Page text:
The Calgary Flames should (eventually) retire Mark Giordano’s number

Photo credit:Sergei Belski-USA TODAY Sports
Ryan Pike
9 months ago
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On March 2, 2024, the Calgary Flames will retire Mikka Kiprusoff’s number 34. When it comes to jersey retirements, there’s no clear-cut requirement that qualifies a player. Generally-speaking, it’s meant to commemorate the individual accomplishments of a key individual in franchise history, and allows the hockey club and its fans to enjoy some good vibes for a few days while retiring a number. It’s part commemorating history, part lifetime achievement award, part marketing event.
It goes without saying, but the Flames should definitely retire Mark Giordano’s number 5 whenever his playing career comes to an end.
In addition to being a really good player, Giordano’s also a heck of a story. A Toronto product, he was an undrafted walk-on into the Ontario Hockey League and played two seasons with the Owen Sound Attack. But he wasn’t drafted into the NHL despite his strong OHL numbers, so he was enrolling at York University when the Flames came calling in the summer of 2004, looking to fill out their minor league roster. (Sadly, Giordano never had a chance to take those accounting classes…)
Figuring he’d give pro hockey a shot, Giordano signed a three-way deal (different salaries in the NHL, AHL and ECHL) with the Flames. By the time his entry-level deal was over, he was pushing for a regular NHL gig. Then-general manager Darryl Sutter declined to offer him a one-way deal (with NHL money regardless of if he was in the NHL or not), so Giordano bet on himself and headed to Russia to play a season in the Superleague with Moscow Dynamo. The Flames’ blueline group lacked depth without him, and he re-signed with the team following the season.
From 2008 onward, Giordano’s rise from being a reliable depth player to being their best blueliner was remarkable. Every season, he got a little bit better and more confident and so his role grew. He was the team’s top all-situations blueliner for several seasons and when Jarome Iginla left the club via trade in 2013 to chase a Stanley Cup, he was the obvious choice for captain.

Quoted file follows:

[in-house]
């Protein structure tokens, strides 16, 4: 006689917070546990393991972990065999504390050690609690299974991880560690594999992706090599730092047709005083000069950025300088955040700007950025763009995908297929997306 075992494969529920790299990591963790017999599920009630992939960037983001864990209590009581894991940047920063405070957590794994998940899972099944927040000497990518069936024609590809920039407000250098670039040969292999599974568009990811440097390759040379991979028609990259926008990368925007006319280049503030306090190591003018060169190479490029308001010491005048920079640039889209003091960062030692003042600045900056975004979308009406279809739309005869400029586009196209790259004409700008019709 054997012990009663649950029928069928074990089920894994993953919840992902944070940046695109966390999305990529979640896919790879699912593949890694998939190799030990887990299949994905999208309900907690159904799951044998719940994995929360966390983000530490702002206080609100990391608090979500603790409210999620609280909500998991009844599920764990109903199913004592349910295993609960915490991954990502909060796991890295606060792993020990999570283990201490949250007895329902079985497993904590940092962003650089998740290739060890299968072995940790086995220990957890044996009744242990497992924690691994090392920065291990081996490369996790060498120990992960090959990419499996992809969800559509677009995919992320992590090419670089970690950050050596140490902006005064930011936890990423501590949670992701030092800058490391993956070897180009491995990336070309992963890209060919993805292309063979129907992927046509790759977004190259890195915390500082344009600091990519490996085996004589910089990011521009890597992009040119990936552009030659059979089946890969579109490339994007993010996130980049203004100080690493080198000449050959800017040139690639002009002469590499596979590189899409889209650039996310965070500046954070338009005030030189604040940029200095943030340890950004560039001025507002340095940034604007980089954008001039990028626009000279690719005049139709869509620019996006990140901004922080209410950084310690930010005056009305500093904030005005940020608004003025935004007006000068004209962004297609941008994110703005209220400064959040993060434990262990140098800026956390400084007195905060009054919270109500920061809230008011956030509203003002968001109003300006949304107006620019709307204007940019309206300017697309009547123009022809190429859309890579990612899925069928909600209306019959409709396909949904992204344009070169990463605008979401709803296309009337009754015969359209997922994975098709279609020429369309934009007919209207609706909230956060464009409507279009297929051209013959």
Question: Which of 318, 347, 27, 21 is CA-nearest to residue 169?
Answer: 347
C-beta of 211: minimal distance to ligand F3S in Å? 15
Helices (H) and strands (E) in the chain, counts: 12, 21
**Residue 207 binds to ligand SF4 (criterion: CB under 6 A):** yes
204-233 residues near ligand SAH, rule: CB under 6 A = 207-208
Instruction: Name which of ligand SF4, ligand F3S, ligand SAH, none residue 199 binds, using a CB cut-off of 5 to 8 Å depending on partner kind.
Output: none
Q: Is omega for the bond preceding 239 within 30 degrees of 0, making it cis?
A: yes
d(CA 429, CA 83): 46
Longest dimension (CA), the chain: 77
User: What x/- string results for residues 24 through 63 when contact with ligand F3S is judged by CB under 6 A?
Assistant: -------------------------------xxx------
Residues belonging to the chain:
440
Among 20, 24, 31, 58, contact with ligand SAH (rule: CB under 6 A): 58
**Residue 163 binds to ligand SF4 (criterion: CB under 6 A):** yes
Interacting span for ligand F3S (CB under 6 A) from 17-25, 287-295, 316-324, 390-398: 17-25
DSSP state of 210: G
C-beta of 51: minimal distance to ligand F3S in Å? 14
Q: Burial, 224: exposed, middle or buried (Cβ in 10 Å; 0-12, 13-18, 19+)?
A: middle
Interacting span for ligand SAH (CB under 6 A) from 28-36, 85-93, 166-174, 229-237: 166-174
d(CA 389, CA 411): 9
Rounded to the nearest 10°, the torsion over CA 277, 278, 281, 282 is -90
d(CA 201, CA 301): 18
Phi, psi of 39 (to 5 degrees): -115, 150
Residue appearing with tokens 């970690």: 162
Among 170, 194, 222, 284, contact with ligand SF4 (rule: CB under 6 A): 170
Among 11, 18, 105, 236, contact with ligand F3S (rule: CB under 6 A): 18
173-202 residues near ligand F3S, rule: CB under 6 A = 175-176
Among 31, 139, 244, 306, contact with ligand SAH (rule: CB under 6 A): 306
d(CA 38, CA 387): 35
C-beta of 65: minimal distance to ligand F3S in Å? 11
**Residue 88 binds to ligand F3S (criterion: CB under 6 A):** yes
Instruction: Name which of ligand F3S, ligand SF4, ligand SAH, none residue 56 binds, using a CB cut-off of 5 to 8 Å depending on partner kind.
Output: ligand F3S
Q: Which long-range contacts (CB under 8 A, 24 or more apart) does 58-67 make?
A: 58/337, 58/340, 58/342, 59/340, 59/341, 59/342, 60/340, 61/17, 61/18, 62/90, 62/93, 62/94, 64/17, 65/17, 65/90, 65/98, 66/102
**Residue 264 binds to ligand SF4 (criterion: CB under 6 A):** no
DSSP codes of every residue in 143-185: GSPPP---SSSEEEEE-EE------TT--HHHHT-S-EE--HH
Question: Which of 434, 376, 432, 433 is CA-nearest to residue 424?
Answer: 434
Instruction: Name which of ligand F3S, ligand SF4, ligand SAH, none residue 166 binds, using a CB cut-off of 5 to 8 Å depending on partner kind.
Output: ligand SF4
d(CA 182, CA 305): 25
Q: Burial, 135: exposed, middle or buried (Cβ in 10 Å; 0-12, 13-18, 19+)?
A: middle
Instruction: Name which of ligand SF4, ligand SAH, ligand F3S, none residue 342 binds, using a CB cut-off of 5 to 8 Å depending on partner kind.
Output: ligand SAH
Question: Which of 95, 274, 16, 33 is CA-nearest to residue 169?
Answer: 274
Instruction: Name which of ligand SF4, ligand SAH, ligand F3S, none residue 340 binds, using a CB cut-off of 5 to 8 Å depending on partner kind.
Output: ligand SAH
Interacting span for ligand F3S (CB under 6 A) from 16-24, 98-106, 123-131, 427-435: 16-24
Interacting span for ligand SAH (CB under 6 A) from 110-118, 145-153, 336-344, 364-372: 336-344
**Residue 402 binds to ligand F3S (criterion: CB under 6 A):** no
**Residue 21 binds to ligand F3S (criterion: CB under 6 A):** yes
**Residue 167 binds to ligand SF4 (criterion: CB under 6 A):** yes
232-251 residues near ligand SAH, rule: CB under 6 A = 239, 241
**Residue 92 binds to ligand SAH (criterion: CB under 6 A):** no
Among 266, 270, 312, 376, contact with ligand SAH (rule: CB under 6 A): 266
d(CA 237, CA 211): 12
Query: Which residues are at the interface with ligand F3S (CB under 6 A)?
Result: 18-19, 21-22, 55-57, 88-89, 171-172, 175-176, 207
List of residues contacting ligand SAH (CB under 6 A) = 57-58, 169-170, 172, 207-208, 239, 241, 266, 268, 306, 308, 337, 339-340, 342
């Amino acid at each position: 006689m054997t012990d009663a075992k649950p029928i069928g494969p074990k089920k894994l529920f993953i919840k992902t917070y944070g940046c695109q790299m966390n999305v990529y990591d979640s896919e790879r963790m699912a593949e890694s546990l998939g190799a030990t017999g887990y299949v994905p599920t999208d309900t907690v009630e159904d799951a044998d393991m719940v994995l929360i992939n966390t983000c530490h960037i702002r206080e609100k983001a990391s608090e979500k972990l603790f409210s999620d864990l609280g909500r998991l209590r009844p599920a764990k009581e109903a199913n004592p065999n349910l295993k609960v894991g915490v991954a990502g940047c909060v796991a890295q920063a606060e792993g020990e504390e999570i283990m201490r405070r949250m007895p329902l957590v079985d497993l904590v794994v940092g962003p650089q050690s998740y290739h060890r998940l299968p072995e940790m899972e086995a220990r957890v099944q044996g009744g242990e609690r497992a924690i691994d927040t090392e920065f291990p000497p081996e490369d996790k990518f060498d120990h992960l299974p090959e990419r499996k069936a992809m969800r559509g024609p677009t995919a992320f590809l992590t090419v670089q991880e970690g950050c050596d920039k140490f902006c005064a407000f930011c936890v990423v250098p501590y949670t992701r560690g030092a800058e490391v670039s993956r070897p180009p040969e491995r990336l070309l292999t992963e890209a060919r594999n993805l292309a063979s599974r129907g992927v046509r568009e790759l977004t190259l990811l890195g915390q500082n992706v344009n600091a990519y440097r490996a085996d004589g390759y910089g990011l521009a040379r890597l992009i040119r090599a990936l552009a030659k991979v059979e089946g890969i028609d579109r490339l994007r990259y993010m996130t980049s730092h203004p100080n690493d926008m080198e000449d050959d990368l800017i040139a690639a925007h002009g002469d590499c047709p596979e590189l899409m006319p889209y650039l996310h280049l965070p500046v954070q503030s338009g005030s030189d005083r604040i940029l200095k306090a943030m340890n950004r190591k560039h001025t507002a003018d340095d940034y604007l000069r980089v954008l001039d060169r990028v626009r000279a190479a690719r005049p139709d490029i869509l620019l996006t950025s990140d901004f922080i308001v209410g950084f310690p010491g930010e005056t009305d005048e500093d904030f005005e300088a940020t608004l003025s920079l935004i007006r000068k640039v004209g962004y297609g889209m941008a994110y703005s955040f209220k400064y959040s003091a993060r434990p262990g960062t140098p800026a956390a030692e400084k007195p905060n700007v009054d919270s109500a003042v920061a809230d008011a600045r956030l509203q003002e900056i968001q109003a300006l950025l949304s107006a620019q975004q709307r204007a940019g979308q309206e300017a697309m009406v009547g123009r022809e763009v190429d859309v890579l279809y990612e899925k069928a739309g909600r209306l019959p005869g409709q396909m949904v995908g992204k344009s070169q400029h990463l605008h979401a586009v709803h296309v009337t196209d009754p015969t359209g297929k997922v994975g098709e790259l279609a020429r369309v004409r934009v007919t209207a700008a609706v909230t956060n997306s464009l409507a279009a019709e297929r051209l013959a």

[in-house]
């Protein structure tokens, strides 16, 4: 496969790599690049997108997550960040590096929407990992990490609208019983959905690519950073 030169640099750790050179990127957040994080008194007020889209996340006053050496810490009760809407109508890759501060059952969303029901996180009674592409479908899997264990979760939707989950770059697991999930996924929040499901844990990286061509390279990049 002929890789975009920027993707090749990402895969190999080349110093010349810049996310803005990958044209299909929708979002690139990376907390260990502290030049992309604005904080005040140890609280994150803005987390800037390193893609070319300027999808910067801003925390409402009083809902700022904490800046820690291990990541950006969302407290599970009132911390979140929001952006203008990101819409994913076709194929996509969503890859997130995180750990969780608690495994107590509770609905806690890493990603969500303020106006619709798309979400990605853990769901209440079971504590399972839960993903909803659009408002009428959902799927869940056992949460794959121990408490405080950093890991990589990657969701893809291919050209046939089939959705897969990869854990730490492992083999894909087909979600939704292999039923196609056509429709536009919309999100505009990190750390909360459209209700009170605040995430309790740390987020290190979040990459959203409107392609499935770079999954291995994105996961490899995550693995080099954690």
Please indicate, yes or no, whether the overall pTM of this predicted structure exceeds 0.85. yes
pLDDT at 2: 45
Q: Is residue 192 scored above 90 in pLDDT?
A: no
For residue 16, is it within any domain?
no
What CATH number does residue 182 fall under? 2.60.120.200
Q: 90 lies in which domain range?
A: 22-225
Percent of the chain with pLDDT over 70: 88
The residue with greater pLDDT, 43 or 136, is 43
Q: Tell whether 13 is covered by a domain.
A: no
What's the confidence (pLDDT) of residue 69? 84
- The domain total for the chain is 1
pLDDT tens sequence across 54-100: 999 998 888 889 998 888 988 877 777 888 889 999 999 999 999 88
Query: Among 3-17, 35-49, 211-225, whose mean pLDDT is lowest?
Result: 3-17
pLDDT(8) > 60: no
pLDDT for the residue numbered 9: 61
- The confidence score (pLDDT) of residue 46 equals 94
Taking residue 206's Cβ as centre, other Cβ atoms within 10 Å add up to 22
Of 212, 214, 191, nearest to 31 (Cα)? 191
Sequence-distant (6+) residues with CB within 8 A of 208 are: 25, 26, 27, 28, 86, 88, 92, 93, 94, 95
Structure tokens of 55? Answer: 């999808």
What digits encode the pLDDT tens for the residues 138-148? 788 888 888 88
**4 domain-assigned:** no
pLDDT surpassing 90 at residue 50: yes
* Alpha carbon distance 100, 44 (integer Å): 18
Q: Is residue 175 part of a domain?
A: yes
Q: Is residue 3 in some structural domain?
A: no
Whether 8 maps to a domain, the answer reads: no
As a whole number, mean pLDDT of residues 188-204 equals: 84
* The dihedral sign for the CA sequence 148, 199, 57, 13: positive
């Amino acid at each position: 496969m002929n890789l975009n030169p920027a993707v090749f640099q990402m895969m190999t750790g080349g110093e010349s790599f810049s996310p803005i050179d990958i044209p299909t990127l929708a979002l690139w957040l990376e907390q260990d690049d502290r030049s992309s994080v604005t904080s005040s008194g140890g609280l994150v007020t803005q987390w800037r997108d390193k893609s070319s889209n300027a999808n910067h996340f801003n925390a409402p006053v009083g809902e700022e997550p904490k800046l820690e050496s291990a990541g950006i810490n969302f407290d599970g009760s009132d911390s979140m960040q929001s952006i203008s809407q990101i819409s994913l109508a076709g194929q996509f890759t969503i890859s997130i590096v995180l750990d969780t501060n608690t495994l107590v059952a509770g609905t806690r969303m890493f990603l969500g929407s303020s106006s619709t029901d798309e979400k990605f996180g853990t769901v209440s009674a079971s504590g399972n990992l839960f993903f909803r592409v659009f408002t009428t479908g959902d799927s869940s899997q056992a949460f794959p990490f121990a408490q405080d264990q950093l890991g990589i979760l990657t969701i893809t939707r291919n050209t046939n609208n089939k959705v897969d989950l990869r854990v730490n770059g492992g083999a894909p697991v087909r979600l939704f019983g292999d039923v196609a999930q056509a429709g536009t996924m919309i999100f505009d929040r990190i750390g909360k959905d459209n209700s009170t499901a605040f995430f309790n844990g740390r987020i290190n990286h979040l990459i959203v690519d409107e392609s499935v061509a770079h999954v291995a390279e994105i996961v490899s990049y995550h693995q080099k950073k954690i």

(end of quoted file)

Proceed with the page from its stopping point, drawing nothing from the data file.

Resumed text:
That said, Giordano became captain at arguably the worst possible time to do so. The Flames had lost Robyn Regehr a couple seasons prior, and Iginla’s departure coincided with Jay Bouwmeester being traded and Miikka Kiprusoff retiring and the Flames beginning a rebuild. The Flames desperately needed a spark and an identity. Giordano gave them that.
It’s not unusual for players, even reliable veterans, to bristle and initially struggle in net situations or bigger roles. Heck, we saw a few examples of that in Calgary in the 2022-23 season. But somehow, Giordano didn’t struggle as captain, he found new ways to excel. Giordano became captain at the age of 30, a time where players of all stripes tend to max out developmentally (and many start their decline). Giordano started getting Norris votes in 2013-14, the year he became captain, and in 2018-19 he became the first (and only) Flames player to capture the Norris Trophy as the NHL’s top blueliner.
Was Giordano the best blueliner the Flames ever had? Well, that was probably Al MacInnis. But Giordano’s post-30 surge in performance makes it a bit of a conversation, especially given that he won the Norris as a Flame and MacInnis didn’t. More importantly, Giordano was the club’s captain at a really important time, and the rebuild process could have gone a lot differently had he been bad in his role. He provided a strong example for his teammates both on and off the ice.
The Flames needed Giordano to give the team leadership, strong performances, and an identity as they stepped into their rebuild process. For the better part of a decade, he did so. Only Iginla has served longer as Flames captain.
When Giordano decides he’s done playing professional hockey, retiring number 5 is a no-brainer.

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